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Child Poverty Over 30% In Chicago, As Recession Cripples Families

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A new report has shed light on some heartbreaking statistics on child poverty. Among them: nearly a third of Chicago children live below the poverty line.

"That's a standard of living that's barely comprehensible to many of us," said Kathleen Ryg, president of Voices for Illinois Children, the group that conducted the report. "It's really a tough time to be a kid."

In 2008, over 500,000 children in Illinois lived in poverty, Almost 250,000 were living in deep poverty, a condition defined as below half the federal poverty level.

This adds up to one in five Illinois children living in poverty, according to the report. Those numbers are roughly in line with nationwide statistics. But in Illinois's largest cities, the figures are much worse. Rockford, the third-largest city in the state, faces a staggering 34 percent child poverty rate. And Chicago's 31 percent represents tens of thousands of families across the city struggling just to feed their children.

The report describes case studies from around the city:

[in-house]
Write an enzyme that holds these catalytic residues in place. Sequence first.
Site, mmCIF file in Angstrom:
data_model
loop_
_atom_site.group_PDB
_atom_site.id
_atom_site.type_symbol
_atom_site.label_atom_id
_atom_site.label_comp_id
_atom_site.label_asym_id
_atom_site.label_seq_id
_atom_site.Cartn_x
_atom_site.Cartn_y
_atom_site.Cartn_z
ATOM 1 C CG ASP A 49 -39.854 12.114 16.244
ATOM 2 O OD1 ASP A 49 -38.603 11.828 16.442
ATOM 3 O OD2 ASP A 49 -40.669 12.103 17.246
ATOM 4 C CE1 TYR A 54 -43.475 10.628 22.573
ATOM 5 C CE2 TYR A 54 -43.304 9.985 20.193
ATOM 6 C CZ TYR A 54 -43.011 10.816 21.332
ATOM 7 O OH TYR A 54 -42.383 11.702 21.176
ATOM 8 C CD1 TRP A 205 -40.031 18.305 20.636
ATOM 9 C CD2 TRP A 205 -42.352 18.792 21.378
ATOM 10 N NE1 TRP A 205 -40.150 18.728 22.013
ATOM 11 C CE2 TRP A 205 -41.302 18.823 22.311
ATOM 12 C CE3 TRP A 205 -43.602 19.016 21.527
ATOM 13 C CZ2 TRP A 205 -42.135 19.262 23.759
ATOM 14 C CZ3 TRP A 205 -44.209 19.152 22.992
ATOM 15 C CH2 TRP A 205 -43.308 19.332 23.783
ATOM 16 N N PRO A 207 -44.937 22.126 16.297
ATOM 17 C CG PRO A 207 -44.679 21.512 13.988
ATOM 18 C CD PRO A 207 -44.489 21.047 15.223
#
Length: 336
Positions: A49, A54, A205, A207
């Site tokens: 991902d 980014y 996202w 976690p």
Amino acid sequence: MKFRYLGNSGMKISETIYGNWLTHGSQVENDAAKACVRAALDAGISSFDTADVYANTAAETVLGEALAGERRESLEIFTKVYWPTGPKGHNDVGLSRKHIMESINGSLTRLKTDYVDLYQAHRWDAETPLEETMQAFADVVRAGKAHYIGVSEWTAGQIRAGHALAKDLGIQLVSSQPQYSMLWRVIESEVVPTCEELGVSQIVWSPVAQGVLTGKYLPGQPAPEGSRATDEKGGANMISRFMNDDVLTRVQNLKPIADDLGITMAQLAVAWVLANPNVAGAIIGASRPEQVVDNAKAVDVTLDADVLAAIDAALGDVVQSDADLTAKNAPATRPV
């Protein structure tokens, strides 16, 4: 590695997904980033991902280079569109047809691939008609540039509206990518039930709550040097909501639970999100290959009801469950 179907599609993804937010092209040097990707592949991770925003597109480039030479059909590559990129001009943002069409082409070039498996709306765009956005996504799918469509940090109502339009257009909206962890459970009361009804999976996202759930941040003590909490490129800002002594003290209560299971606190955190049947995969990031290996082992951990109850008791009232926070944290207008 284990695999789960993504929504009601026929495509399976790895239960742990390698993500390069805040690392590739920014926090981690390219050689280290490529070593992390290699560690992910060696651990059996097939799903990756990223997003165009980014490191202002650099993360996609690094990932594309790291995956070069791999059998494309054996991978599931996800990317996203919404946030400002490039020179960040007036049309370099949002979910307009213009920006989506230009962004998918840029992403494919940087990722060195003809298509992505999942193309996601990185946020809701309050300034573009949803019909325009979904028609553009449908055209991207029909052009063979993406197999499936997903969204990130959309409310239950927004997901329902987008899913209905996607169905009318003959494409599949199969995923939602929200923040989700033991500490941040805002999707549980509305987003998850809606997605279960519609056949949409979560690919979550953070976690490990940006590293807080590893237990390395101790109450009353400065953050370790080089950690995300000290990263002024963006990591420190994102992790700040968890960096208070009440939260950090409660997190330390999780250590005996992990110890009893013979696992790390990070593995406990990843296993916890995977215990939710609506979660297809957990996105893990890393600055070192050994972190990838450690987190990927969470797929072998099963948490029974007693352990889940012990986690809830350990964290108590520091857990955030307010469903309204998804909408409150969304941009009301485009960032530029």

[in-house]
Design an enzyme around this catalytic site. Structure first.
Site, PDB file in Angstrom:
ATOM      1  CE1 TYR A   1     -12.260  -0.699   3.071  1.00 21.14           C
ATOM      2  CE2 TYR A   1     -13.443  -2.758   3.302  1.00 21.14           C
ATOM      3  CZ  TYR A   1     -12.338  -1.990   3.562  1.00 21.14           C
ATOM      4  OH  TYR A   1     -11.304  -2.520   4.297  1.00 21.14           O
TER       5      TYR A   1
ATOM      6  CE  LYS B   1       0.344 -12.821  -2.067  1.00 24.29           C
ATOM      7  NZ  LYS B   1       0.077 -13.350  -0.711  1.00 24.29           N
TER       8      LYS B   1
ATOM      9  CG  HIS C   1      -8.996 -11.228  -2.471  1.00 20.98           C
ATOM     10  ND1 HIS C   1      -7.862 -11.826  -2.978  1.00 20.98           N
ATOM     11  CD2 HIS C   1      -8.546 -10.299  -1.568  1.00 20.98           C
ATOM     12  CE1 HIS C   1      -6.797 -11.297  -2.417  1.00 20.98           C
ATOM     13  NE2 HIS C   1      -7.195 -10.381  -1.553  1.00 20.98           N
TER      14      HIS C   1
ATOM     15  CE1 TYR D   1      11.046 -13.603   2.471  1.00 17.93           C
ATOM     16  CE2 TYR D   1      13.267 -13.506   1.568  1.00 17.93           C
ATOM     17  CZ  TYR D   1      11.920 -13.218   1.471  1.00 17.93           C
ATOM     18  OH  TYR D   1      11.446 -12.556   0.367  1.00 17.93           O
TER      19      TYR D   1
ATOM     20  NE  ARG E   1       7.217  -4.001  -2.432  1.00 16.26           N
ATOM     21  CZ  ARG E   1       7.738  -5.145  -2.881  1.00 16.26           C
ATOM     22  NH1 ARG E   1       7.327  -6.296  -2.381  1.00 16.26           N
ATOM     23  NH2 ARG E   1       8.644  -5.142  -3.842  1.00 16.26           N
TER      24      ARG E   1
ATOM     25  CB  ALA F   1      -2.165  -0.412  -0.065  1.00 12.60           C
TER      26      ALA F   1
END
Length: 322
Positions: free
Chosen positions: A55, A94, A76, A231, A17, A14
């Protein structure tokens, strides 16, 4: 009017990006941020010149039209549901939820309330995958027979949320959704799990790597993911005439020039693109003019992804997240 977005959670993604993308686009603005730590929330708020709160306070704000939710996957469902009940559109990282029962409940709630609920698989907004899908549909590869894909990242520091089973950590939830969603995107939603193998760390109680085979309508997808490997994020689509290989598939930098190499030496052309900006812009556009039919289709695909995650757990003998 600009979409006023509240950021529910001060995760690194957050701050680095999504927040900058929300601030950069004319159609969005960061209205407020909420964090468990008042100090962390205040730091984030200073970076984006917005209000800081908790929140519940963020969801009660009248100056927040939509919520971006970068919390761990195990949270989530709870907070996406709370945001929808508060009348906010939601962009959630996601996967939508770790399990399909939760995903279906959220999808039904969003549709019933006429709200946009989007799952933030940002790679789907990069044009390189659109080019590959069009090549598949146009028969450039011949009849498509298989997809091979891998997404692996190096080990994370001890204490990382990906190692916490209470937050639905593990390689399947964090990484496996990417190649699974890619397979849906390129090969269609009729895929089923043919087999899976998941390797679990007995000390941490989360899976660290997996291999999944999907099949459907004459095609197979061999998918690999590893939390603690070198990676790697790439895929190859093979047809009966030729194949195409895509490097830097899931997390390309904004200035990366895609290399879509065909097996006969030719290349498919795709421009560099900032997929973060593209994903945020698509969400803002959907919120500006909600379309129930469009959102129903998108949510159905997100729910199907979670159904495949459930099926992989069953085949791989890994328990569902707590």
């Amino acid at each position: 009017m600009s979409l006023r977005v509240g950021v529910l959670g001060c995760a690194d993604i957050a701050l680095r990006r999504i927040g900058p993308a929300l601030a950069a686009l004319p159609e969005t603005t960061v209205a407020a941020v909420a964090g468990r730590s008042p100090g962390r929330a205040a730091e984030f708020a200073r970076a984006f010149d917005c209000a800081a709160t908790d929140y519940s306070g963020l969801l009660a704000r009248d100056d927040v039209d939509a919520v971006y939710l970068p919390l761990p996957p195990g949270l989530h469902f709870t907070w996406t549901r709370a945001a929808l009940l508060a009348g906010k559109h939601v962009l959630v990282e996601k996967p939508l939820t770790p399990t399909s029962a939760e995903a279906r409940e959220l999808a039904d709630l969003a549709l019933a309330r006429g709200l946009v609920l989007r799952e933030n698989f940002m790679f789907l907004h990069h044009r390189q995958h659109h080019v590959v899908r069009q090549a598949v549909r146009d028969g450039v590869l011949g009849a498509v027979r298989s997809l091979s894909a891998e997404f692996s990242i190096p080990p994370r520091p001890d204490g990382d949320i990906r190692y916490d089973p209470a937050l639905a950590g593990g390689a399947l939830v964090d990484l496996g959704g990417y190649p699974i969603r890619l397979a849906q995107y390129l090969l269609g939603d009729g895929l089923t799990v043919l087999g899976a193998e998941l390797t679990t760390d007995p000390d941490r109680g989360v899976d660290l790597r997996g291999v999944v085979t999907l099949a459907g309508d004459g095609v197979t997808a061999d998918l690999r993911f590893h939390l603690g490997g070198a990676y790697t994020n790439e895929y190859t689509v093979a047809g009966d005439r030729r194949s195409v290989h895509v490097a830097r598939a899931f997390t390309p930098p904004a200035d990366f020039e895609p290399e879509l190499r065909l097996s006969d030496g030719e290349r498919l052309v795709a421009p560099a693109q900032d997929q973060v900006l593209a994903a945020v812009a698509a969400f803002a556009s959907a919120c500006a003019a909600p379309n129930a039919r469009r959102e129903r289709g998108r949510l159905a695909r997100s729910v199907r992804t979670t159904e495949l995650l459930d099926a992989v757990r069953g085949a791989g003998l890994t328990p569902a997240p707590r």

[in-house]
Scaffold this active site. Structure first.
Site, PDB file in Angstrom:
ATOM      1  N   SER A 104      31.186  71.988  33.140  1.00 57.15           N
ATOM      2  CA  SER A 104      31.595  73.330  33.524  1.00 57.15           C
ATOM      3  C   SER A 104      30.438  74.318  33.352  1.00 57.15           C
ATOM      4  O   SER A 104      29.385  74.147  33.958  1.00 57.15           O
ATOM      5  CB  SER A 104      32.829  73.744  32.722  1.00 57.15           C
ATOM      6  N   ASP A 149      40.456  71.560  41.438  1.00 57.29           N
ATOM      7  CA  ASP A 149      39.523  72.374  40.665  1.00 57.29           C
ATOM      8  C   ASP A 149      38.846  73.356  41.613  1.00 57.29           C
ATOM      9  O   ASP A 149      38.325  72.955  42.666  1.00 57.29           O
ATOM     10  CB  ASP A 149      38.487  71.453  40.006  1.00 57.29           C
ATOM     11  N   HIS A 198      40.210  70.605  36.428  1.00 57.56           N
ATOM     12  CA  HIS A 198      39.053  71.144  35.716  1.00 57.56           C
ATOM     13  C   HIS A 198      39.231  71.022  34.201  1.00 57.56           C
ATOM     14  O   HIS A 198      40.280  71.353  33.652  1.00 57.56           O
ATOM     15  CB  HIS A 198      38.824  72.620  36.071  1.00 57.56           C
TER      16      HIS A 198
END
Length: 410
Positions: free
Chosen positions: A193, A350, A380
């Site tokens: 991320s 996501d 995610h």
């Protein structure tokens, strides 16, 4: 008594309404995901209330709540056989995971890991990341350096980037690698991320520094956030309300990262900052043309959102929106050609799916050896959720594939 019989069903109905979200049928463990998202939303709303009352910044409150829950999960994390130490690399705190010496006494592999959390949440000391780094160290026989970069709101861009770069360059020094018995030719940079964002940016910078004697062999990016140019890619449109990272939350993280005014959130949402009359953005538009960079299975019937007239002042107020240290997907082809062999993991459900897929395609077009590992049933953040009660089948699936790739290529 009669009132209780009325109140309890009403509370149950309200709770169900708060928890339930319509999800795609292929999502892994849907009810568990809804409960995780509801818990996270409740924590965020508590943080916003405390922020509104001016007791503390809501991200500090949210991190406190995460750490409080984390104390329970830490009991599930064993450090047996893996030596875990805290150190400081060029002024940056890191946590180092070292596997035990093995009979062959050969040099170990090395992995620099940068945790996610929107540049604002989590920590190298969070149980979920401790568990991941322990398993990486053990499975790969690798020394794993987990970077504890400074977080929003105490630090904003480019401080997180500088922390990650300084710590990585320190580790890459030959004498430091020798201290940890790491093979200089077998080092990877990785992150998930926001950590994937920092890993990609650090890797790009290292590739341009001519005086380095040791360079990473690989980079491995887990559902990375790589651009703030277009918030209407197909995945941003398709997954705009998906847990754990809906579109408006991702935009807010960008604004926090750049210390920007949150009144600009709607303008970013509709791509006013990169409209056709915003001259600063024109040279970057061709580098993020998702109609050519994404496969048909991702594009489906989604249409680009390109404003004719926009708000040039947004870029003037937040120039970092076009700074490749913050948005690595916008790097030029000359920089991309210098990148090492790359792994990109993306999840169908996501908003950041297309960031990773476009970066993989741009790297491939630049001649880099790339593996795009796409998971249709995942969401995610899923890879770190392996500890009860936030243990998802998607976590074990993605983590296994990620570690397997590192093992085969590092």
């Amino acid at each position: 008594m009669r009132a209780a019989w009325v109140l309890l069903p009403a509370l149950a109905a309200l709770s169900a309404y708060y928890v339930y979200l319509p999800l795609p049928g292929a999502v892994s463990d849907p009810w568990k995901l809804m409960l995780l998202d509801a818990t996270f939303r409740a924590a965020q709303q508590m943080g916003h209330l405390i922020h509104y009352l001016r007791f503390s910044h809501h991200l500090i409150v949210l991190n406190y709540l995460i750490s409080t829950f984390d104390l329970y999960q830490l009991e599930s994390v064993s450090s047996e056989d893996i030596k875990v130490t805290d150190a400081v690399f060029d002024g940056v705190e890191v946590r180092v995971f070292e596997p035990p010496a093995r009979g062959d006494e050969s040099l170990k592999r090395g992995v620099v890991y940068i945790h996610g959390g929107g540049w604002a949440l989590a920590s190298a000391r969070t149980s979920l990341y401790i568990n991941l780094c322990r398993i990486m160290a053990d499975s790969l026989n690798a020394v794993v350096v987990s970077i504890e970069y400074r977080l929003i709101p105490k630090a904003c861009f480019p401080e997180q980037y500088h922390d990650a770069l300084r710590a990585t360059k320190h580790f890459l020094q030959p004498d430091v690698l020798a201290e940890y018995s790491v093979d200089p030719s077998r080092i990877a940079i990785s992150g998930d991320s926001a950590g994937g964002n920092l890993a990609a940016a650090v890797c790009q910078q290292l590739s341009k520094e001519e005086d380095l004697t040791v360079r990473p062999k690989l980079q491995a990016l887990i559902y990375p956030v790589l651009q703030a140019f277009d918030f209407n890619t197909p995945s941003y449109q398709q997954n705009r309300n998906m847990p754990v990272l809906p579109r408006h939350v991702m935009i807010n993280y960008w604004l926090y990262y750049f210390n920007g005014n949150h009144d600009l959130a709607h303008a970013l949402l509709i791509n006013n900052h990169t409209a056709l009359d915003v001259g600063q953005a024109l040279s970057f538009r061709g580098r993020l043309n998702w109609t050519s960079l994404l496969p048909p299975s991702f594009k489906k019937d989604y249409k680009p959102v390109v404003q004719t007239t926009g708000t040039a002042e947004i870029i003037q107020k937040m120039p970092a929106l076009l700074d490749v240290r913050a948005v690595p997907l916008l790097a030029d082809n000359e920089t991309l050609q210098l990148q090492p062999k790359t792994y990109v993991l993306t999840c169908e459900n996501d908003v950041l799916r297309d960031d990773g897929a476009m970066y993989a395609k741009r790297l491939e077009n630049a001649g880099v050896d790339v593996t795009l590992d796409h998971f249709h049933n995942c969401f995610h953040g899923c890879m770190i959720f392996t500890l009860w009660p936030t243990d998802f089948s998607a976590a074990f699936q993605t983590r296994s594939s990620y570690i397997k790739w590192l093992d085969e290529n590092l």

Another mother in her thirties says that after paying the utilities and rent, it's hard to keep a gallon of milk in the refrigerator. With winter fast approaching, she isn't sure how her family will make it with the higher gas bills. Another says her family is having a hard time paying for the CTA bus, which her daughter must take everyday to school. She often goes without lunch money. Other mothers nod in recognition. Many teens, they say, want to drop out of school and go to work to help their families.

Some rural areas had even more striking proportions of child poverty. Alexander County is located in the very south of the state, on the border with Missouri; its population is just under 10,000. 44 percent of children in the county lived in poverty as of 2008, the worst figures of any county in the state.

And the figures for asset poverty were even more bleak. Asset poverty is a condition in which a person or family doesn't have enough assets (usually savings) to survive for 12 weeks without income; it represents vulnerability to job loss or other destabilizing conditions.

More than half of single mothers with children at home lived in asset poverty in Illinois. With jobs still disappearing across the state, this is a vast swath of families whose fortunes could turn at any moment.

Matters are made worse, of course, by the budget crisis facing Illinois. The state's deficit is equal to more than half its operating budget; the red ink is pegged at roughly $12.8 billion dollars.

For that reason, Kathleen Ryg of Voices supports Gov. Pat Quinn's proposed income tax increase of roughly 50 percent. The tax hikes have drawn flak from Quinn's likely Republican opponent in November, Bill Brady. But Ryg said that in order to balance the budget without raising taxes, "it would require mass elimination of vital state services and programs and create serious, even more devastating harm, to the children and families who are already experiencing struggles.

"It is obvious that if we want to protect the priorities, it will require generating more adequate revenue," she said.